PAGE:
Clive Palmer has vowed to block any move by the Abbott government to weaken or abolish Australia’s renewable energy target during this parliament.
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Liberal MP Andrew Laming and Labor's Andrew Leigh debate the budget impasse and the fate of the renewable energy target.
The Palmer United Party leader has said his party will stick to the promise it made in June to oppose any changes before the next election to the target, now set at 41,000 gigawatt hours of renewable energy production annually by 2020.
Mr Palmer made his remarks on Monday following reports Prime Minister Tony Abbott, Treasurer Joe Hockey and Finance Minister Mathias Cormann were pushing a panel reviewing the RET to bolster the case for abolishing the scheme.
The hand-picked panel, led by former Caltex chairman and climate change sceptic Dick Warburton, handed its report to the government on Monday.
John Grimes, chief executive of the Australian Solar Council, said he had been told by a senior government source Warburton's report recommended abolishing the RET by closing the scheme to new large-scale operators.
But Mr Grimes refused to name his source, before adding that he believed the report would also recommend the scrapping of the small-scale renewable energy scheme, which has underpinned the boom in roof top solar panels.
Mr Warburton refused to confirm such recommendations are contained in his panel’s report.
Greens Leader Christine Milne called on Mr Abbott to release immediately the report's contents.
“The Abbott government has done everything possible to set up the demise of the [RET] because their mates in the big end of town, in the coal industry in particular, can’t cope with the competition from renewable energy,” Senator Milne said.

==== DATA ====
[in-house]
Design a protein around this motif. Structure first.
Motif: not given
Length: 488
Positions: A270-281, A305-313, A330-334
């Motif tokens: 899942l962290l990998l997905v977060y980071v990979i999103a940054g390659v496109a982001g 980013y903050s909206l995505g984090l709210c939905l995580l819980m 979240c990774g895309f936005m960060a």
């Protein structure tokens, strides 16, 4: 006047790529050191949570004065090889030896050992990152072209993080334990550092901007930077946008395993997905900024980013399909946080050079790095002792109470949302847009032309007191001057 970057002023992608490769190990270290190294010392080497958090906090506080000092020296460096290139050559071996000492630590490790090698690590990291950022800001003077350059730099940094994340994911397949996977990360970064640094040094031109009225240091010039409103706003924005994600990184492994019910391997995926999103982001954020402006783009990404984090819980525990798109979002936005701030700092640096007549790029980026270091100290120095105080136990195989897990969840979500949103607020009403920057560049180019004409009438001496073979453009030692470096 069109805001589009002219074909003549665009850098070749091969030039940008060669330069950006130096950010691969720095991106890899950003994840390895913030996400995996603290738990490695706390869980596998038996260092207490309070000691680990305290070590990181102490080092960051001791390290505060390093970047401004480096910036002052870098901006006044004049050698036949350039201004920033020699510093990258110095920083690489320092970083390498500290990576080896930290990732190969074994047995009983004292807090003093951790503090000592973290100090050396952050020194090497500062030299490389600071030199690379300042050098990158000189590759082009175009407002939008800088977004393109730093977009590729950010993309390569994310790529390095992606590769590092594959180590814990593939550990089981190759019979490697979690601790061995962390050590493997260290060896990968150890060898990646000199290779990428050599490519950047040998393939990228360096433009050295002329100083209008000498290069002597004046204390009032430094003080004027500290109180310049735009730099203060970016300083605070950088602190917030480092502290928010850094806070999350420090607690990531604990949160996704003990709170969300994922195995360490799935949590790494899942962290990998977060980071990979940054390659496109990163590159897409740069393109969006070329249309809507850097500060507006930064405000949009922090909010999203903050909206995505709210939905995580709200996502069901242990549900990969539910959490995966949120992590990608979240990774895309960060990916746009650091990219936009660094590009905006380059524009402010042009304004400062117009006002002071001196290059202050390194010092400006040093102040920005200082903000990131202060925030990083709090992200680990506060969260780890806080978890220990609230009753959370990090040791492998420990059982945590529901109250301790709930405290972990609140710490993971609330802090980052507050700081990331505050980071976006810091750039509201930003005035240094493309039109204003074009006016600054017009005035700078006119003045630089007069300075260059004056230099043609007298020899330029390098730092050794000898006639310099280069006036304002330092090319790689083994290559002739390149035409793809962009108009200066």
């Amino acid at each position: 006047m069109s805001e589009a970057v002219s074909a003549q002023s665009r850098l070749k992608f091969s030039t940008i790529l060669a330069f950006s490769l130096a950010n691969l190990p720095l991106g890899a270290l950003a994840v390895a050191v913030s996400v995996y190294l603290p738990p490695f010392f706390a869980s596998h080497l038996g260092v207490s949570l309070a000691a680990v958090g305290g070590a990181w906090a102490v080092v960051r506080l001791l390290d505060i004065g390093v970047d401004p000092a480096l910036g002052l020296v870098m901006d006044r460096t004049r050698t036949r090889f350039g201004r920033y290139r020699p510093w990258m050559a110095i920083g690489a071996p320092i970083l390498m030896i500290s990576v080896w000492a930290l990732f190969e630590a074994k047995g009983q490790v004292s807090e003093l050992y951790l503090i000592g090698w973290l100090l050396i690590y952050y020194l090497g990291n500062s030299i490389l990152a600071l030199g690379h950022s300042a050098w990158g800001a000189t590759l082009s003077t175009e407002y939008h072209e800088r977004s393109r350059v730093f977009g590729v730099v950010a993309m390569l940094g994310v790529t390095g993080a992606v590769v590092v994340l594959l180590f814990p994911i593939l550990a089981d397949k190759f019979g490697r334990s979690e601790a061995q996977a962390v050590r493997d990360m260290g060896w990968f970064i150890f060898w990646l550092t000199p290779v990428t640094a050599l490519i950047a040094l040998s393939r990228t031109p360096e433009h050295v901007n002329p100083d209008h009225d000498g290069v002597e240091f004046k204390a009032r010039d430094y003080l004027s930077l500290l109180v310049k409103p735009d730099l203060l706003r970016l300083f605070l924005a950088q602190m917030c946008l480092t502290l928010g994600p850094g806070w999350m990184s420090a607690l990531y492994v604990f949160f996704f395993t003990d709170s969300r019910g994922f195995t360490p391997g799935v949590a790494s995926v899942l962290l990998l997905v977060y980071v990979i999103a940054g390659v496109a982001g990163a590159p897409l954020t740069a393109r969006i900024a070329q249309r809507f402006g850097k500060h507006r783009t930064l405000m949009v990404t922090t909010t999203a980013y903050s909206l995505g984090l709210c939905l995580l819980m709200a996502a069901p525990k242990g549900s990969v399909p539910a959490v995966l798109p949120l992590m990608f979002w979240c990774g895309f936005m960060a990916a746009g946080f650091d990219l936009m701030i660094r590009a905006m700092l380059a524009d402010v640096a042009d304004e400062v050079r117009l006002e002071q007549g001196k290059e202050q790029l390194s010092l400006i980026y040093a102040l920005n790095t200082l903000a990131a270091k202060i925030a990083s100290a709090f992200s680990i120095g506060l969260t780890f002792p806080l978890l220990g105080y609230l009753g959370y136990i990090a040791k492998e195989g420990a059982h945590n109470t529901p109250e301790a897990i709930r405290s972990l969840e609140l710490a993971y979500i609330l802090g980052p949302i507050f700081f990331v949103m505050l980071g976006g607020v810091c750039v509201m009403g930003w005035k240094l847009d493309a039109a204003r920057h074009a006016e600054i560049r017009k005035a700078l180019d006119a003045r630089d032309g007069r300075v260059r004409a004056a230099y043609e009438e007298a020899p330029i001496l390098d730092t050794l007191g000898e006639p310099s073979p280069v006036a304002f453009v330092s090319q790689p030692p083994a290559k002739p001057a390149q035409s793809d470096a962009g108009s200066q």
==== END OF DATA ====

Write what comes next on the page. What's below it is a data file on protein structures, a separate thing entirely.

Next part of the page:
A report commissioned by The Climate Institute and other green groups found coal- and gas-fired power producers will secure a profit windfall of about $10 billion over the next 15 years if the RET is reduced and even more if it is scrapped. Higher wholesale prices would be the main conduit for the extra earnings while households would also end up paying more for their electricity.
Fairfax MP Mr Palmer joked that the government would have to look to the Greens to support any changes to the RET.
“We won’t be voting for it, so I suppose they’ll have to get the Greens convinced to abolish the RET,” Mr Palmer said. “We wouldn’t be agreeing to get rid of the RET.
“We made an announcement on that that we would be supporting its retention in the life of this parliament.”
Independent senator Nick Xenophon said he would be "very concerned" if the government chose to abolish the target and that the wholesale abolition of the RET would be a backward step.
"If we abolish the target that will send a very clear signal and you could see a collapse of investment in renewable energy," Senator Xenophon said.
Both AGL and Origin Energy, two of the biggest beneficiaries of changes to the RET, said they support a lower target but not the scheme’s demise.
“AGL has for over a year been highlighting the need for policy reform as the RET in its current form is unachievable,” an AGL spokeswoman said. “It is only with policy reform that companies such as AGL will be financially able to invest in more renewable generation.”
Steve Garner, general manager of Keppel Prince, a producer of wind turbine towers based in Portland in western Victoria, said the company would have to shed as many as 100-150 workers if the RET were changed.
“Right now we are facing disaster,” Mr Garner said, adding that even a weaker RET would effectively stall new investment in the sector.
Matthew Warren, chief executive of the Energy Supply Association of Australia, said the current scheme would not be able to deliver on its targets.
"$24 billion of new investment will be required to deliver the current target," Mr Warren said. "In the current investment environment, this is beyond ambitious. Where is this going to come from? What banks are going to lend it?"